7 Strategies for More Productive Non-Profit Board Meetings

Dysfunctional board meetings are hurting lots of non-profits. Haphazard and non-productive meetings hamper growth, dampen fundraising efforts, and lead to confusion and frustration among members and staff alike.

Your non-profit’s board of directors meetings don’t have to be tiresome, infuriating affairs. You can look forward to your board meetings, comfortable in the knowledge that they will move your organization closer to its goals and provide support and encouragement for your staff.

Use these 7 strategies to make your next non-profit board meeting more productive and successful:

#1 – Start with Mission

Board members get tired of the same old committee reports, budget numbers, motions and votes. Most members joined your board because they care about your mission. Yet, so many board meetings are utterly disconnected from the mission and vision of the organization.

Rectify this by leading every board meeting with a mission-related item that reconnects board members with the heart of your non-profit. Have someone your organization helped tell their story. Ask a board member who is also a volunteer offer a slide show presentation on her work. Ask a frontline program worker to summarize a day in the trenches. Your mission matters, so put it front and center.

#2 – Have an Agenda

So many non-profit board meetings don’t have a firm agenda. Sometimes organizations will have loose agendas, like “1. Old Business, 2. Fundraising Update, 3. New Business.” Other times, non-profits will run meetings with absolutely no agenda at all.

Board members want to come to meetings to get good things done, without wasting time. Every board meeting you hold should have a firm agenda that is sent out to the members beforehand and enforced by the board chair. Include time for “new business” at the end of the meeting for items that aren’t on the agenda.

#3 – Send a Pre-Meeting Packet

In addition to the detailed agenda, every board member should receive a packet of information and resources at least 3 days before the meeting so that they have time to review it and prepare questions.

This packet should include all of the backup items and resources that will be talked about at the meeting. If your Executive Director is going to talk about the budget, include a copy of the budget. If your board chair is going to talk about program growth, include a chart and list of growth statistics.

#4 – Start and End Meetings on Time

Many non-profits start board meetings 5-10 minutes late because “our board members are busy people and get here as soon as they can.” This fosters terrible habits, and makes even more board members arrive late, because they know that your meetings never start on time.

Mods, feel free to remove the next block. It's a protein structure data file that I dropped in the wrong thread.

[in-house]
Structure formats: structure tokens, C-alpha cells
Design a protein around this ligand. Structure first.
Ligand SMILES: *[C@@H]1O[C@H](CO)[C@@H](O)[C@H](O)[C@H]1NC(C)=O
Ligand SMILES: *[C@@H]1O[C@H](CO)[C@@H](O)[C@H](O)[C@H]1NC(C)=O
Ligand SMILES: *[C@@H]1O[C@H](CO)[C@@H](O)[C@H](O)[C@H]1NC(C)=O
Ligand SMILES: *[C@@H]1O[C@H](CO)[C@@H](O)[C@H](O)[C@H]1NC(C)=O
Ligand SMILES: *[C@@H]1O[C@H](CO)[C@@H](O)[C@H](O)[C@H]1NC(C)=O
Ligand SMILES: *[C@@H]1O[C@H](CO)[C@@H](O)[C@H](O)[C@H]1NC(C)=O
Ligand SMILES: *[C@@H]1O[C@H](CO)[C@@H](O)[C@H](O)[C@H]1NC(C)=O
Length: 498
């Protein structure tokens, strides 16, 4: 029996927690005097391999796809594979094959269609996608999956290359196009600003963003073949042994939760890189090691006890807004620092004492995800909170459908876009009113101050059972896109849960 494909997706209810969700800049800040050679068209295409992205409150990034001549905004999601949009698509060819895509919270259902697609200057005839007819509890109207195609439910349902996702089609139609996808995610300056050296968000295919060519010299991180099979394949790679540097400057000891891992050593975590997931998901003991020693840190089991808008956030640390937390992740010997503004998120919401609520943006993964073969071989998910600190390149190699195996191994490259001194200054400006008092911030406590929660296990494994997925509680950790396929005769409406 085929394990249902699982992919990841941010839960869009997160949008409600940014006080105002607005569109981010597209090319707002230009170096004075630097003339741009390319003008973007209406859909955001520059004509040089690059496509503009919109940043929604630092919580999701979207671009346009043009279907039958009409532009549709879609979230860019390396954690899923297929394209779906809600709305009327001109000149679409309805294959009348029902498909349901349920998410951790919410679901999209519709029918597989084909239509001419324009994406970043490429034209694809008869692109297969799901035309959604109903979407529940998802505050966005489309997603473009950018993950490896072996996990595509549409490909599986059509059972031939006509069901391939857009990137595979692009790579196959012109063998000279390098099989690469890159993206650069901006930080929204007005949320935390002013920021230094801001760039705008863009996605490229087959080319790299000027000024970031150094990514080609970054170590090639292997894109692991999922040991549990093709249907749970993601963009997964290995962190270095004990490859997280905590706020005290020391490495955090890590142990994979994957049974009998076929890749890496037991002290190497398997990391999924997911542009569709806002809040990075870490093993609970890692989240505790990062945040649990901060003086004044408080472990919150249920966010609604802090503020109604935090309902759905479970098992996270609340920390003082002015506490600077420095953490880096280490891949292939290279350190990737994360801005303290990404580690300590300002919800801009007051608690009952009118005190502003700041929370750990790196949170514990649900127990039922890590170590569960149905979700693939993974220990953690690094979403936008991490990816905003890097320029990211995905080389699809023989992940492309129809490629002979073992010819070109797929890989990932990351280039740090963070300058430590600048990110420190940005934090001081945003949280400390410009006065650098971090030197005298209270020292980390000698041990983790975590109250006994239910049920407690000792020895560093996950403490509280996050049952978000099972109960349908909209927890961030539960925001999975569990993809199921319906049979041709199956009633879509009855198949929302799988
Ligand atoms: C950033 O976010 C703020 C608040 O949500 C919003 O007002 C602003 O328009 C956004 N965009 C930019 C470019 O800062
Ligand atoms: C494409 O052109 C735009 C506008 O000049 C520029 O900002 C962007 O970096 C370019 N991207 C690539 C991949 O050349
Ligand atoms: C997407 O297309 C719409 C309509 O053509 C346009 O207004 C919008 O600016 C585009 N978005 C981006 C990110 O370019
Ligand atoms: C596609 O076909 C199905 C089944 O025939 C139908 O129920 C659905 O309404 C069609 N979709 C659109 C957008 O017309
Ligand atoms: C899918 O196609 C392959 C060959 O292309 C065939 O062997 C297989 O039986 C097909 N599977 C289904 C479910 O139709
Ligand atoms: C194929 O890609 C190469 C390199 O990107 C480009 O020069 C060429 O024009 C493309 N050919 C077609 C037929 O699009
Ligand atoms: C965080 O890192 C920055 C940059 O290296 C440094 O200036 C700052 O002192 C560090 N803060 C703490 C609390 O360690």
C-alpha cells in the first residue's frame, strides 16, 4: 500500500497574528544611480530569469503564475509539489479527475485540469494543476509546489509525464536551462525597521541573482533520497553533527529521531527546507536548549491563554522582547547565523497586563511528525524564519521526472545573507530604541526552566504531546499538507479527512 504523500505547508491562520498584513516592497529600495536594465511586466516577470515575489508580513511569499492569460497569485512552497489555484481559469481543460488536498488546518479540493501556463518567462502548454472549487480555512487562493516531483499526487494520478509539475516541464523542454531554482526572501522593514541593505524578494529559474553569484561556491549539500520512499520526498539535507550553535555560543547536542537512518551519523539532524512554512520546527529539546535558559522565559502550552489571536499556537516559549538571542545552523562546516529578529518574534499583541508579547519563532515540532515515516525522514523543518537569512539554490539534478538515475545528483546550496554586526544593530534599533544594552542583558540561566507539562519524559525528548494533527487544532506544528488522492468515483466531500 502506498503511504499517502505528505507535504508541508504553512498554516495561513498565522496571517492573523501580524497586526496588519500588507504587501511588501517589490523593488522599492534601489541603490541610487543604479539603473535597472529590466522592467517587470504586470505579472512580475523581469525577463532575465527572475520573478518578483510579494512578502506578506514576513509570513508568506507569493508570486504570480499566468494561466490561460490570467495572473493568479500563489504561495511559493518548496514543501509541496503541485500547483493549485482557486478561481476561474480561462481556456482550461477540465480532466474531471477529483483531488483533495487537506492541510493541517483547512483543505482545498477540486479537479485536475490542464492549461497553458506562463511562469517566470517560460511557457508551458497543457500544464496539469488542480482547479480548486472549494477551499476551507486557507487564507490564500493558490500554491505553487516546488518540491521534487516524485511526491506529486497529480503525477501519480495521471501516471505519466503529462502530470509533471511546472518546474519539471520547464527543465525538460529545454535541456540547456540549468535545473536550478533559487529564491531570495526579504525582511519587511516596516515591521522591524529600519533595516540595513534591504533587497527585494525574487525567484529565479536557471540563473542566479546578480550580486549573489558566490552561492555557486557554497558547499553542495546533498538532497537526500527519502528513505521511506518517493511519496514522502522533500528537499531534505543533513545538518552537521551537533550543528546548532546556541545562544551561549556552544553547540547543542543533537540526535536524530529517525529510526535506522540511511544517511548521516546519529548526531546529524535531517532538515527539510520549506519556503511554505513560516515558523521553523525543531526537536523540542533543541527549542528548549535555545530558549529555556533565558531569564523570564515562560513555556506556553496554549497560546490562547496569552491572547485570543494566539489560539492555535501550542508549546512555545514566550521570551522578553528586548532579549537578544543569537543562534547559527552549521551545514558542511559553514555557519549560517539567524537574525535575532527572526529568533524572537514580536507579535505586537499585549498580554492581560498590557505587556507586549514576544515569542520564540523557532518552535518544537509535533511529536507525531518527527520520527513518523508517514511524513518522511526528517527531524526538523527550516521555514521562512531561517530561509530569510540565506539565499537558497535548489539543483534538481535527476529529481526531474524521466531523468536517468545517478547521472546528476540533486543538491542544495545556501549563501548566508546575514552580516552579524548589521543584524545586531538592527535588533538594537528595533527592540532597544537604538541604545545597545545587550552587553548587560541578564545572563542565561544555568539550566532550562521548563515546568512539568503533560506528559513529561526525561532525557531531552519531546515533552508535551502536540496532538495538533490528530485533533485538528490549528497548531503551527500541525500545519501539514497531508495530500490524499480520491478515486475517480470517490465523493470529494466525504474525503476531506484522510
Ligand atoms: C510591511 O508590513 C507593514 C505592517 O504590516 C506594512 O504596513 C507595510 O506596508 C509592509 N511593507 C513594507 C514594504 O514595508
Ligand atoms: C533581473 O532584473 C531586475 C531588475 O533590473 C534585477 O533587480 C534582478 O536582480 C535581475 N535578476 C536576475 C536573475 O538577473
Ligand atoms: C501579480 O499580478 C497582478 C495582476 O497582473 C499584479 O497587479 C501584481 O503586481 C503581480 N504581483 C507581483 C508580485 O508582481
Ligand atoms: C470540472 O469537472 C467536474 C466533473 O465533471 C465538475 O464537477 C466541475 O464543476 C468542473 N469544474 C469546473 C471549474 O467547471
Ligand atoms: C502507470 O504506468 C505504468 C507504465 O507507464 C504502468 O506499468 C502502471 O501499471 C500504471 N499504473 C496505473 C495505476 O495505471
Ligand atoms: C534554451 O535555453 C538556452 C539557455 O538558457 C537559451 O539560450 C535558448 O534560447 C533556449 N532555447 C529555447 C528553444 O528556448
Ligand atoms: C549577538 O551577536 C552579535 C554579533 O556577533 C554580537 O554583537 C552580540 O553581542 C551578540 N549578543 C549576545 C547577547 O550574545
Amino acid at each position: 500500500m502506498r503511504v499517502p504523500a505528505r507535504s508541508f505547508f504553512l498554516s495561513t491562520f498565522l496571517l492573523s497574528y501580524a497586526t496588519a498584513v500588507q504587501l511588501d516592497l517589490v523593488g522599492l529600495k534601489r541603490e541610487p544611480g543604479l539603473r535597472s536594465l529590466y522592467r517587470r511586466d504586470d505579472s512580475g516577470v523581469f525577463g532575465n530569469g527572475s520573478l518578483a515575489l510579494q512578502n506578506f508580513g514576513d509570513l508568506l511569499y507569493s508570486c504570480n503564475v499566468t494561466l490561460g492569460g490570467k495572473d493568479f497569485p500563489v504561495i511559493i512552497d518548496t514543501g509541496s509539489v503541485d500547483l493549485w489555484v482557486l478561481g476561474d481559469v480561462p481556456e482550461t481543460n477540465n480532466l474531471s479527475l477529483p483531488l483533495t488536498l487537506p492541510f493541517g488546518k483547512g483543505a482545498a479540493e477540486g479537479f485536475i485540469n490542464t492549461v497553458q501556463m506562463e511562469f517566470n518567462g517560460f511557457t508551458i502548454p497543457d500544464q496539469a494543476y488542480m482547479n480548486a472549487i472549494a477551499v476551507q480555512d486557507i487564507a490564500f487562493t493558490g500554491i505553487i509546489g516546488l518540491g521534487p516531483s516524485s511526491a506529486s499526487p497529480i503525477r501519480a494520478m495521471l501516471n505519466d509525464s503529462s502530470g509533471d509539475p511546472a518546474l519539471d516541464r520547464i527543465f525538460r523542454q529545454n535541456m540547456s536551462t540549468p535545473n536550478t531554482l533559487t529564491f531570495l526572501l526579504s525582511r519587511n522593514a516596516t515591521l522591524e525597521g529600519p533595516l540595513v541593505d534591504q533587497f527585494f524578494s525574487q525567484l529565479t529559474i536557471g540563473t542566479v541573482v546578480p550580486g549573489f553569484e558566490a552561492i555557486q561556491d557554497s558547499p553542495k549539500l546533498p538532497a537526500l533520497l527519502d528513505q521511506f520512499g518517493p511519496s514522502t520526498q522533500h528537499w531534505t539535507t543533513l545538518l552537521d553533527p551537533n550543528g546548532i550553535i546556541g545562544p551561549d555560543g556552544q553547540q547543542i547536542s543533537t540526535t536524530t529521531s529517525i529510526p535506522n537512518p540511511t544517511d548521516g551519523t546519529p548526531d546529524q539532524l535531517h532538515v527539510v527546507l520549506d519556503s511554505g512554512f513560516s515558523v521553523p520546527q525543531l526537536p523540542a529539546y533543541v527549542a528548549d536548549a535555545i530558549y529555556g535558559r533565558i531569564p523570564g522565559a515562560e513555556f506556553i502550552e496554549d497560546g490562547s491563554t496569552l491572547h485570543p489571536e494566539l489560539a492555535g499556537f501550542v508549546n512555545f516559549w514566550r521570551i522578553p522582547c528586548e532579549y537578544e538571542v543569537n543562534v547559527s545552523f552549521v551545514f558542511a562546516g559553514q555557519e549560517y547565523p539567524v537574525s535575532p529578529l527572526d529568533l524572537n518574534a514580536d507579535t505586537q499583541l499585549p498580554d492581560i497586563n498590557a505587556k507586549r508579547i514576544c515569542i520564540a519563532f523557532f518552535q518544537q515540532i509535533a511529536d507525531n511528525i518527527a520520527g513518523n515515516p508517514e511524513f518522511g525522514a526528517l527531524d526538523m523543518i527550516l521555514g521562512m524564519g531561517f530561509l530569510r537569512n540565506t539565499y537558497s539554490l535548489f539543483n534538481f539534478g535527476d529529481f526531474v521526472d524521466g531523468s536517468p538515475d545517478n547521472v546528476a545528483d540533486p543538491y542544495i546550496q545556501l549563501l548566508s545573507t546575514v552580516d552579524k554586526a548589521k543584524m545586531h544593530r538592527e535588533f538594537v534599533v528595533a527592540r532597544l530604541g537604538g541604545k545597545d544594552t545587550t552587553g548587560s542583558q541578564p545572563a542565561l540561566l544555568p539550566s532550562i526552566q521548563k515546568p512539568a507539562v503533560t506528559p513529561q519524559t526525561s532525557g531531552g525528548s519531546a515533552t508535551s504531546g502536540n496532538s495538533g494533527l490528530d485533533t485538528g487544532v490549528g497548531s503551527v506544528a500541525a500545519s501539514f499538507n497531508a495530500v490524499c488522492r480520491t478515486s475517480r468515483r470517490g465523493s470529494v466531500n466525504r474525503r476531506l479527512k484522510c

Likewise, if you start your meetings late, you will likely end your meetings late, which is frustrating for board members and staff alike.

Instead, make it a policy to always start and end your board meetings on time. People will get the hint – they will get there on time, or they will miss something. They will also know that you value their time because you end your meetings at the scheduled conclusion.

#5 – Make Your Board Meetings about Decisions, not Updates

Many (if not most) non-profit boards focus their meetings on giving and getting updates. The Executive Director and staff give updates on programs and fundraising, the treasurer gives an update on the budget, and the board committee chairs give updates on their work. This takes up 80% of the allotted meeting time, and discussions / decisions are crammed into the last 20% of the meeting, when everyone has already zoned out.

Don’t waste most of your time on updates. Much of the information in your updates can be sent to your board members in the pre-meeting packet or as part of regular e-mail updates to the board. You only have your board together for in-person meetings once per quarter, once per month, or whatever your board meeting schedule is. Use that time to hold frank discussions on strategy, and to make decisions that affect the vision and work of your non-profit.

#6 – Don’t Let One or Two Board Members Dominate

Lots of non-profit board meetings are dominated by one or two board members (often the chair) who speak at, not with the other members. This leads to board members who feel disengaged and who clam up during meetings, no matter how good their ideas are or what resources they can bring to bear for the organization.

Encourage honest and open communication at your board meetings. Encourage frank discussions. Encourage everyone to get involved and talk.

#7 – Ask for Action

You should be making asks at your board meetings. Sometimes, these asks will be for money (such as when you are launching your annual board giving campaign) but more often they will be for action. Every board meeting you hold should ask for action.

This action should normally be fundraising-related. Ask members to make 2 introductions for you this month. Ask your board to hold a non-ask event for you, or for members of the executive committee to each accompany the Executive Director for one ask meeting this month.

Whatever ask you are making of your board, be sure that it is concrete and that there is a deadline for action. Don’t say, “We really need help finding new major donors!” Instead say, “Would you each be willing to help John meet one new major donor this month. It won’t be for an ask, just a get to know you meeting. Who can help?”

If your organization is running board meetings that are less than productive, don’t get frustrated. Use these strategies and be persistent. Most non-profits can go from unproductive to super-productive board meetings with less than a year of effort.

Photo Credit: Phoney Nickle